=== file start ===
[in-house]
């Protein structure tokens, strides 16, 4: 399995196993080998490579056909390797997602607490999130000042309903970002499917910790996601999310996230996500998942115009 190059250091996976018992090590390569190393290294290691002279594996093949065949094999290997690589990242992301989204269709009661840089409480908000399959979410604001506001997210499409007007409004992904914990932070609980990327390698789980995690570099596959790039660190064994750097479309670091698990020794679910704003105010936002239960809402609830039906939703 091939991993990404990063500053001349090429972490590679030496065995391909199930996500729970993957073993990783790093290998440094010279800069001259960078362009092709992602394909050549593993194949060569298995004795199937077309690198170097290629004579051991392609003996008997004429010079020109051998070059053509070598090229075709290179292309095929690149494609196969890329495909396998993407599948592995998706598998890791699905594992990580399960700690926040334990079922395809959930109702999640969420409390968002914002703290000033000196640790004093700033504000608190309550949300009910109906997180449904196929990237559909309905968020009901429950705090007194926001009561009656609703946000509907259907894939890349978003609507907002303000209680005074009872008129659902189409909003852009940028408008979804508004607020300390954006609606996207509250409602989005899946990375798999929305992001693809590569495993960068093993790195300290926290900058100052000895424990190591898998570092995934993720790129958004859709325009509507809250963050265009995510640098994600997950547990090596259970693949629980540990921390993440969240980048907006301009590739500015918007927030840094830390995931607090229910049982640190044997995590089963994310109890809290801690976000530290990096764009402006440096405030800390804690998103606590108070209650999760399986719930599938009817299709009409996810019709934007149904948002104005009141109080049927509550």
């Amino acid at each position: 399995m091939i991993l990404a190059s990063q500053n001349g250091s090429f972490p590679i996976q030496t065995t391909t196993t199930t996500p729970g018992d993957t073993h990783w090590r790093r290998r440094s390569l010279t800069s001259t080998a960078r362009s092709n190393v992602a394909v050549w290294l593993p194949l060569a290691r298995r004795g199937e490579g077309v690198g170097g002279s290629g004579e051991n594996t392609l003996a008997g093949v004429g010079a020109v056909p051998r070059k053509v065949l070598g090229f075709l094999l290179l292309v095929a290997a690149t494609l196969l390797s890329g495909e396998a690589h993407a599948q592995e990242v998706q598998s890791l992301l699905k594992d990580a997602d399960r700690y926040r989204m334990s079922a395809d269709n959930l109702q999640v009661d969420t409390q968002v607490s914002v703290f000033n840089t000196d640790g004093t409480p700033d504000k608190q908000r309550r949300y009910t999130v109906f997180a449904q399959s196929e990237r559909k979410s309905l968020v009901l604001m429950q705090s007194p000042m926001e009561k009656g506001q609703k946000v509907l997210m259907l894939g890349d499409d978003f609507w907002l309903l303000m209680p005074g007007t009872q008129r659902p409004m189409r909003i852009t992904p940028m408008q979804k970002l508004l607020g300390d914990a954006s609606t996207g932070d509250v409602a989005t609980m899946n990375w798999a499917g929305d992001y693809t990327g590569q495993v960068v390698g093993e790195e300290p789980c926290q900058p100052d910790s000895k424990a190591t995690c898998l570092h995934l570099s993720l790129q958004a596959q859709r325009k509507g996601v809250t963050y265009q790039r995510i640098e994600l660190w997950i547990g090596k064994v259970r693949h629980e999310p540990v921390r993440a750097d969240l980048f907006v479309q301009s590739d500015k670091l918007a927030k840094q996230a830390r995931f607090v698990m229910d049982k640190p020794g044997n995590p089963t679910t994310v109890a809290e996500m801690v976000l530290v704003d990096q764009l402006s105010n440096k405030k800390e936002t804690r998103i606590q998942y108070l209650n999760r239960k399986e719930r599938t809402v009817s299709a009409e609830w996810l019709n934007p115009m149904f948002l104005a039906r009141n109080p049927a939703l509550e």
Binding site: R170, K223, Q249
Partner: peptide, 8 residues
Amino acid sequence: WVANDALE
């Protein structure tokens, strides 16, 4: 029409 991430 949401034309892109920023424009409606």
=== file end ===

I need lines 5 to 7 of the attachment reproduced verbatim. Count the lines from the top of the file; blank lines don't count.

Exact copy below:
Partner: peptide, 8 residues
Amino acid sequence: WVANDALE
């Protein structure tokens, strides 16, 4: 029409 991430 949401034309892109920023424009409606």